The Daily Tar Heel

Serving the students and the University community since 1893

Sunday June 4th

Residents will feast at annual Harvest Dinner Thursday night

The Carrboro Farmers’ Market is hosting its fourth annual Harvest Dinner at Carrboro Town Commons Thursday. 

Chefs from 20 nearby restaurants will use locally sourced ingredients to create fresh meals for those who purchased a ticket for $65 ahead of time.  

Steel String Brewery of Carrboro and Benjamin Vineyards Winery of Graham will team up to provide beer and wine for purchase at a pre-dinner cocktail beginning at 6:15 p.m.

“The dinner brings together the main groups of people that make the market so successful — the farmers, our shoppers and the local chefs,” said Carrboro Farmer's Market manager Erin Jobe.

Participating chefs include Jeff Barney of Saxapahaw General Store, Andrew Moore of Venable, Sera Cuni of The Root Cellar and Brendan Cox of Oakleaf.  

Many of the restaurants have been a part of this event since it began four years ago. 

Bill Smith, head chef at Crook’s Corner, said he has been asked to make his always-popular banana pudding, which he has made every year for this event.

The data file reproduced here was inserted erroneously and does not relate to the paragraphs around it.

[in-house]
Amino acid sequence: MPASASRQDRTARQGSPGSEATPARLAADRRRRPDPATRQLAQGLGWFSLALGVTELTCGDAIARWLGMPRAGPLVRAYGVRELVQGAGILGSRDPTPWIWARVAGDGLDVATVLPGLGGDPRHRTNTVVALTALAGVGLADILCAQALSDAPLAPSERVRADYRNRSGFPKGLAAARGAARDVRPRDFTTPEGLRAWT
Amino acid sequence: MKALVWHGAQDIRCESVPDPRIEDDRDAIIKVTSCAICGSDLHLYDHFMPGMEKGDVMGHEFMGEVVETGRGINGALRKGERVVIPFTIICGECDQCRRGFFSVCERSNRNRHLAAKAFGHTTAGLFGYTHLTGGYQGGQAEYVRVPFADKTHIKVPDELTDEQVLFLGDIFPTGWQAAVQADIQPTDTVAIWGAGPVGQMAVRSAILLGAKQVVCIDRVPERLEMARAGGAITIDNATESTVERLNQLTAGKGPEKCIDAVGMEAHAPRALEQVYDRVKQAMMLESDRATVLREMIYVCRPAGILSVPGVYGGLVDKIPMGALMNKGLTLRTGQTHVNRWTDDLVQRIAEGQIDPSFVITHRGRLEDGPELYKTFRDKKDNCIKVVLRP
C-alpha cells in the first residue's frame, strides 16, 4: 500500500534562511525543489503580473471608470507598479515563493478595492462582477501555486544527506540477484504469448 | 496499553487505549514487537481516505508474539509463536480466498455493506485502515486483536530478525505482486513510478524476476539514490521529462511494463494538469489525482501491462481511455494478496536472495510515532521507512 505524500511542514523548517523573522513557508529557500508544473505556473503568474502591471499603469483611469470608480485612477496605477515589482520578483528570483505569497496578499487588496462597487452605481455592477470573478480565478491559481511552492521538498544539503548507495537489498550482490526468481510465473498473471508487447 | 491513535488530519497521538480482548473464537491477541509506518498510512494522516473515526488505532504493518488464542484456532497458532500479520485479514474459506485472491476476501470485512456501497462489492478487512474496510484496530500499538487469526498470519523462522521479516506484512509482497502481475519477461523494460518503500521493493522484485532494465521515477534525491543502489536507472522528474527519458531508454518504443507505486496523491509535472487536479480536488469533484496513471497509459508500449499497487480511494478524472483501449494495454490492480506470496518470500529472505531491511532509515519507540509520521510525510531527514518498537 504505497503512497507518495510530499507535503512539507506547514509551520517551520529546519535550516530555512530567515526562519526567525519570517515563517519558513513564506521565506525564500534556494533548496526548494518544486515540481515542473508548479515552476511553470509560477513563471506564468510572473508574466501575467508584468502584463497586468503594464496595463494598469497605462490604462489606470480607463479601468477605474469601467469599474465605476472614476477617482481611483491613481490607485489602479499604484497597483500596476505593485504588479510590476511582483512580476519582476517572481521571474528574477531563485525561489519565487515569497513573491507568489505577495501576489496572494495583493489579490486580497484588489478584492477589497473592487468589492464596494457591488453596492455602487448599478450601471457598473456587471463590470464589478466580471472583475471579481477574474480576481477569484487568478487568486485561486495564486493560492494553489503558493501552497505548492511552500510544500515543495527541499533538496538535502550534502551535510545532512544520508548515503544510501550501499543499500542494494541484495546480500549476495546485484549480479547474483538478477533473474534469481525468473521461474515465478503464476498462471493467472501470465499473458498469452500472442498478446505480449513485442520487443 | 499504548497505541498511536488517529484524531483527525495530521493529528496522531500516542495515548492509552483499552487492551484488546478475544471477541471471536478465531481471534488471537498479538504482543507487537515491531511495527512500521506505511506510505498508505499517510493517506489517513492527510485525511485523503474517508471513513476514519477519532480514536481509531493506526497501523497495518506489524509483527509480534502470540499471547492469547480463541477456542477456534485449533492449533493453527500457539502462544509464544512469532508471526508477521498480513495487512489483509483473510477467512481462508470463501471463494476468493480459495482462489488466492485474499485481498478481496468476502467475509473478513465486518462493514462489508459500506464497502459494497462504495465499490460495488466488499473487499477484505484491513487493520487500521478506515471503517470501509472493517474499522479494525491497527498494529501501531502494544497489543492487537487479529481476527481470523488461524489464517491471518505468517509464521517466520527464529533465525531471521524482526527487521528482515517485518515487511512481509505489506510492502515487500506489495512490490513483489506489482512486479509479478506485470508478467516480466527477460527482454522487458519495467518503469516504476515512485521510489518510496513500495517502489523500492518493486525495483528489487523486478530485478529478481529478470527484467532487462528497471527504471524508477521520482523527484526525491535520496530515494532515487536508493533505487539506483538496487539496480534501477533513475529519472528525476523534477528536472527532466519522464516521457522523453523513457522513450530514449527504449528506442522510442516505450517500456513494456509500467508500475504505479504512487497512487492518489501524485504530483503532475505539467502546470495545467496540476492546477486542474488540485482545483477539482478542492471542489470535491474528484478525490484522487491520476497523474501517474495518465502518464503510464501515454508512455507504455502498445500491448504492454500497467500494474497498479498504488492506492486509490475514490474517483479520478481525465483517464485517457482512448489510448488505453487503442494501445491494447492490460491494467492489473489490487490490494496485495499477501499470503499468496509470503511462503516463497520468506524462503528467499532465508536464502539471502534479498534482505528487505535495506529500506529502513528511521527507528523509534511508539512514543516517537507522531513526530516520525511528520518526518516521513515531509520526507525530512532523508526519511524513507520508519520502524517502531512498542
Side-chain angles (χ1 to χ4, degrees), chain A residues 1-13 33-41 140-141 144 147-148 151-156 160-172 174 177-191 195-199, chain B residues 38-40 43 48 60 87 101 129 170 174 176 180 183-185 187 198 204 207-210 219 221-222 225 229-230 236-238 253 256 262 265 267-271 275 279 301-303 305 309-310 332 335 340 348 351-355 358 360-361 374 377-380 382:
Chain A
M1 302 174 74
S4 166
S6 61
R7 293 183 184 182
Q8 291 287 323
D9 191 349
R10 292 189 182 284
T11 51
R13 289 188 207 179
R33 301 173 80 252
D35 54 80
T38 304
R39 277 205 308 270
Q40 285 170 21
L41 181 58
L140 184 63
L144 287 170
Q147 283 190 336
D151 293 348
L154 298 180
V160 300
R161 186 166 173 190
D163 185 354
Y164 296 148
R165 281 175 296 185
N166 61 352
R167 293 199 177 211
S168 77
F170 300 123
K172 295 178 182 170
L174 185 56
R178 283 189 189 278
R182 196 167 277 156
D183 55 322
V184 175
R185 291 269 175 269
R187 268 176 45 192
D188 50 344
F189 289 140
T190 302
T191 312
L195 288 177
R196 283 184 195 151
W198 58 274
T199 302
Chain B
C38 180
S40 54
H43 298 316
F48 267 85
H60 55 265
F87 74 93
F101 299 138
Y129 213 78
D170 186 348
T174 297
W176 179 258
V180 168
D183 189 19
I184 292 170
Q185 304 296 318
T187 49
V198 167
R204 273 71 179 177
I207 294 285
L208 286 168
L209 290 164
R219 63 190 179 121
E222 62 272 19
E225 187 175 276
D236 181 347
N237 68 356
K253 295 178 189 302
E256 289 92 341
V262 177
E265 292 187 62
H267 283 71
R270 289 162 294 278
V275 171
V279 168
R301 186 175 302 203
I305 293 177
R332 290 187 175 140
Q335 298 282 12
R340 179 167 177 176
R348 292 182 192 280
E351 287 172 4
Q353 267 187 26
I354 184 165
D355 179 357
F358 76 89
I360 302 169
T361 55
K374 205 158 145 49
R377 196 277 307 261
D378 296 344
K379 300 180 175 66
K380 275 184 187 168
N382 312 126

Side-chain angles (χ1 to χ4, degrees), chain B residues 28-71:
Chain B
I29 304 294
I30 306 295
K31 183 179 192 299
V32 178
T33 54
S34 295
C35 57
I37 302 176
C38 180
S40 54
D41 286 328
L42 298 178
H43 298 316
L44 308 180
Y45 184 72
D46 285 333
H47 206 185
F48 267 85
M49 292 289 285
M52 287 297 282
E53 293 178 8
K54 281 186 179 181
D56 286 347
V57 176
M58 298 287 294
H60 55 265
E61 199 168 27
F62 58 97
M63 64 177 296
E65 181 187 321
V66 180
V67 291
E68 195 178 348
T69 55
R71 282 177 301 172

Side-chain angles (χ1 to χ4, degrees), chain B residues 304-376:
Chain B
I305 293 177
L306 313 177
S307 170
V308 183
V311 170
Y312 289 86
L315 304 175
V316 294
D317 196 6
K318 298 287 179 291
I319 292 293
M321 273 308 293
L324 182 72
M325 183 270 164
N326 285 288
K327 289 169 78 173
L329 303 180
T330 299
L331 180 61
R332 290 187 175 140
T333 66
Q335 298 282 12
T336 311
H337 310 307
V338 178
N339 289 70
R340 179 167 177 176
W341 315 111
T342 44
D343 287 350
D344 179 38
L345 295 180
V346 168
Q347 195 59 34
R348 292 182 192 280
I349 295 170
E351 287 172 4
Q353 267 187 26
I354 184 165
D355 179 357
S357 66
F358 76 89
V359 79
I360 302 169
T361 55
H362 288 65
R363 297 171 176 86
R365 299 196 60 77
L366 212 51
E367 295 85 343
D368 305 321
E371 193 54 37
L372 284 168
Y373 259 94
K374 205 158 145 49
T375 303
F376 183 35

Sandwhich and ACME have also participated the harvest dinner every year.  

Janet Elbetri, one of the owners of Sandwhich, said chef Hich Elbetri is making a vegetable trio dish with roasted butternut squash, eggplant and sautéed kale. 

ACME chef Kevin Callaghan said he is making deviled eggs, smoked chicken and charred sweet pepper macaroni and cheese, as well as a fall vegetable casserole with local feta.

Not all restaurants participating this year are veterans. For Angelina’s Kitchen, a farm-to-table Greek and New Mexican-inspired restaurant in Pittsboro, the harvest dinner will be a new experience.  

Chef Angelina Kay said she is making a dish originating from a region that is modern-day Istanbul called Tourlou.  She said Tourlou contains sweet potatoes, tomatoes, Tromboncino squash, Hungarian peppers, garlic, onion, olive oil and fresh parsley.  

Kay said she decided to tweak the dish to incorporate many different cultures, including olive oil from her home city of Crete, but substituted white potatoes for sweet potatoes to give the dish a North Carolina flare.  

Kay said all of the produce in the dish was grown locally within Chatham County. 

Smith said the hosts of the harvest dinner decorate the Town Commons with lights and candles to create a stunning ambiance for guests at the dinner. 

“The event itself is probably one of the most beautiful dinners I’ve ever attended," Janet Elbetri said. "It’s just this incredible coming together of the community."


To get the day's news and headlines in your inbox each morning, sign up for our email newsletters.


The Daily Tar Heel Women's Tennis Victory Paper

Special Print Edition

Games & Horoscopes

Print Edition Games Archive